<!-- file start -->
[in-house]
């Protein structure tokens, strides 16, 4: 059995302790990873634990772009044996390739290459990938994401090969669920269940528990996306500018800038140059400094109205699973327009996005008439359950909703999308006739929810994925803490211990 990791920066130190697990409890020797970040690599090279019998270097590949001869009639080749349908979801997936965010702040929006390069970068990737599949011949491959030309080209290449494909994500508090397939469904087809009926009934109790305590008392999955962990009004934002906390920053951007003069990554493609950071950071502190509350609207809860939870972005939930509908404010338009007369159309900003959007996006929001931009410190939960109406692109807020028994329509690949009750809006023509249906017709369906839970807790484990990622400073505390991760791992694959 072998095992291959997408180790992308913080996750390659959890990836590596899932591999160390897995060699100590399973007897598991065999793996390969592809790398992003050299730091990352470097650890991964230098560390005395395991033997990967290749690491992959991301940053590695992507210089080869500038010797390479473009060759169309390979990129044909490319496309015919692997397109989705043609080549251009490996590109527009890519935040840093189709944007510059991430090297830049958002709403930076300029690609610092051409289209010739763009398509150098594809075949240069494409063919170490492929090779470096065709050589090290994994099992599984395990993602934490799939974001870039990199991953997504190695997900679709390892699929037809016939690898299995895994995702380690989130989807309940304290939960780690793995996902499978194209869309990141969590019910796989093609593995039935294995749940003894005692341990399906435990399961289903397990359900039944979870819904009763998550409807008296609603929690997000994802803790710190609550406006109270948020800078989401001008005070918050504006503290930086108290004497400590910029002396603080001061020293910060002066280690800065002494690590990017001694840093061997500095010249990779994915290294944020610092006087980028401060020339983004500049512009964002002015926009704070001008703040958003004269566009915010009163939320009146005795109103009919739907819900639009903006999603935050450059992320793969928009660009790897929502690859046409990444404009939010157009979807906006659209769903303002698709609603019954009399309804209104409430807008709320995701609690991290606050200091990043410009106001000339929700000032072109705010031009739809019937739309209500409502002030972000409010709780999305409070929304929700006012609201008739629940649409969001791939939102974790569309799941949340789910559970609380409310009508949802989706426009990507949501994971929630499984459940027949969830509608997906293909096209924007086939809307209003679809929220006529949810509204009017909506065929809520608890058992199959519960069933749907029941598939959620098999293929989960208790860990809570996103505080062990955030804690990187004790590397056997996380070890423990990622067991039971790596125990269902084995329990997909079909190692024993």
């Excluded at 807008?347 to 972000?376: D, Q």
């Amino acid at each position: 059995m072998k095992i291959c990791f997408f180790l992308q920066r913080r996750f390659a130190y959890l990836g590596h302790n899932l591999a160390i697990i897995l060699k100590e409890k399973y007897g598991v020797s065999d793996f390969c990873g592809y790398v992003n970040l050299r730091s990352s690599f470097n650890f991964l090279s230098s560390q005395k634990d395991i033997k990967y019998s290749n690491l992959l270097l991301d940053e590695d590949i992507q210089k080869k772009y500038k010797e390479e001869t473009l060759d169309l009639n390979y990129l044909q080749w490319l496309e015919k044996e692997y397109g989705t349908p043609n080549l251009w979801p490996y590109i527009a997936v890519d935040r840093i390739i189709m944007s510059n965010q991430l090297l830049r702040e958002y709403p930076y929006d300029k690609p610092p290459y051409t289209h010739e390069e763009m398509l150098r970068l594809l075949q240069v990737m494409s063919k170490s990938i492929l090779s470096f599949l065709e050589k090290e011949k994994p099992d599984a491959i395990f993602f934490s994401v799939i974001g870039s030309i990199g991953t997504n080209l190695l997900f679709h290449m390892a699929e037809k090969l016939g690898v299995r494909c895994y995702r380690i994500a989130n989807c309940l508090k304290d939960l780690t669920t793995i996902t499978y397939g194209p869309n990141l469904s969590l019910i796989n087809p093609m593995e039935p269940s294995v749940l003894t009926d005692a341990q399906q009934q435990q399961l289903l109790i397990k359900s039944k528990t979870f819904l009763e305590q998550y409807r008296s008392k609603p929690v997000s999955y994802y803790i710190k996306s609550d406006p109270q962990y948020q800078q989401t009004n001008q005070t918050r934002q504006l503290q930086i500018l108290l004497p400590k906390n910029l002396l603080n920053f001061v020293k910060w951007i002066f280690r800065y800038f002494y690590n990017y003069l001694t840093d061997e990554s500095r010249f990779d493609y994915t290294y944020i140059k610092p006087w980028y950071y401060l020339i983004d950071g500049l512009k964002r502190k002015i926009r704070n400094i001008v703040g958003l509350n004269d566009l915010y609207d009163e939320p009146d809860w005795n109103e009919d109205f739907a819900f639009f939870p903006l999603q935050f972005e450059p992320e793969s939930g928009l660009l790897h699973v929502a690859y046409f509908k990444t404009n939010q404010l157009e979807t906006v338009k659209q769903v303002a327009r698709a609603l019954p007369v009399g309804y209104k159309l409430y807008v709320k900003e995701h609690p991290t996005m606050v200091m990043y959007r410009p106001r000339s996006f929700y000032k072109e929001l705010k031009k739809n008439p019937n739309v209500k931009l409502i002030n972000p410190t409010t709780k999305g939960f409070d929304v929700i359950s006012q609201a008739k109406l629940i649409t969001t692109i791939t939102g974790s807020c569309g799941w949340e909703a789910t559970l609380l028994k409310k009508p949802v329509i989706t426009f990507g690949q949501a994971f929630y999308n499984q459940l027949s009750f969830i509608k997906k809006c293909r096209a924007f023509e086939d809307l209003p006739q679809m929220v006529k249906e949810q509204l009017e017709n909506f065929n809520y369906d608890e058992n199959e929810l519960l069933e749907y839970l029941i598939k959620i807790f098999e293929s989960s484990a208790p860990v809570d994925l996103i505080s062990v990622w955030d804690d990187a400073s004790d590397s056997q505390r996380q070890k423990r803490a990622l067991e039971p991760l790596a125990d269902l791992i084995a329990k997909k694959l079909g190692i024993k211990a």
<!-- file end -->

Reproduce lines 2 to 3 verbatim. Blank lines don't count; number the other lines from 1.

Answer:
């Protein structure tokens, strides 16, 4: 059995302790990873634990772009044996390739290459990938994401090969669920269940528990996306500018800038140059400094109205699973327009996005008439359950909703999308006739929810994925803490211990 990791920066130190697990409890020797970040690599090279019998270097590949001869009639080749349908979801997936965010702040929006390069970068990737599949011949491959030309080209290449494909994500508090397939469904087809009926009934109790305590008392999955962990009004934002906390920053951007003069990554493609950071950071502190509350609207809860939870972005939930509908404010338009007369159309900003959007996006929001931009410190939960109406692109807020028994329509690949009750809006023509249906017709369906839970807790484990990622400073505390991760791992694959 072998095992291959997408180790992308913080996750390659959890990836590596899932591999160390897995060699100590399973007897598991065999793996390969592809790398992003050299730091990352470097650890991964230098560390005395395991033997990967290749690491992959991301940053590695992507210089080869500038010797390479473009060759169309390979990129044909490319496309015919692997397109989705043609080549251009490996590109527009890519935040840093189709944007510059991430090297830049958002709403930076300029690609610092051409289209010739763009398509150098594809075949240069494409063919170490492929090779470096065709050589090290994994099992599984395990993602934490799939974001870039990199991953997504190695997900679709390892699929037809016939690898299995895994995702380690989130989807309940304290939960780690793995996902499978194209869309990141969590019910796989093609593995039935294995749940003894005692341990399906435990399961289903397990359900039944979870819904009763998550409807008296609603929690997000994802803790710190609550406006109270948020800078989401001008005070918050504006503290930086108290004497400590910029002396603080001061020293910060002066280690800065002494690590990017001694840093061997500095010249990779994915290294944020610092006087980028401060020339983004500049512009964002002015926009704070001008703040958003004269566009915010009163939320009146005795109103009919739907819900639009903006999603935050450059992320793969928009660009790897929502690859046409990444404009939010157009979807906006659209769903303002698709609603019954009399309804209104409430807008709320995701609690991290606050200091990043410009106001000339929700000032072109705010031009739809019937739309209500409502002030972000409010709780999305409070929304929700006012609201008739629940649409969001791939939102974790569309799941949340789910559970609380409310009508949802989706426009990507949501994971929630499984459940027949969830509608997906293909096209924007086939809307209003679809929220006529949810509204009017909506065929809520608890058992199959519960069933749907029941598939959620098999293929989960208790860990809570996103505080062990955030804690990187004790590397056997996380070890423990990622067991039971790596125990269902084995329990997909079909190692024993």
């Excluded at 807008?347 to 972000?376: D, Q």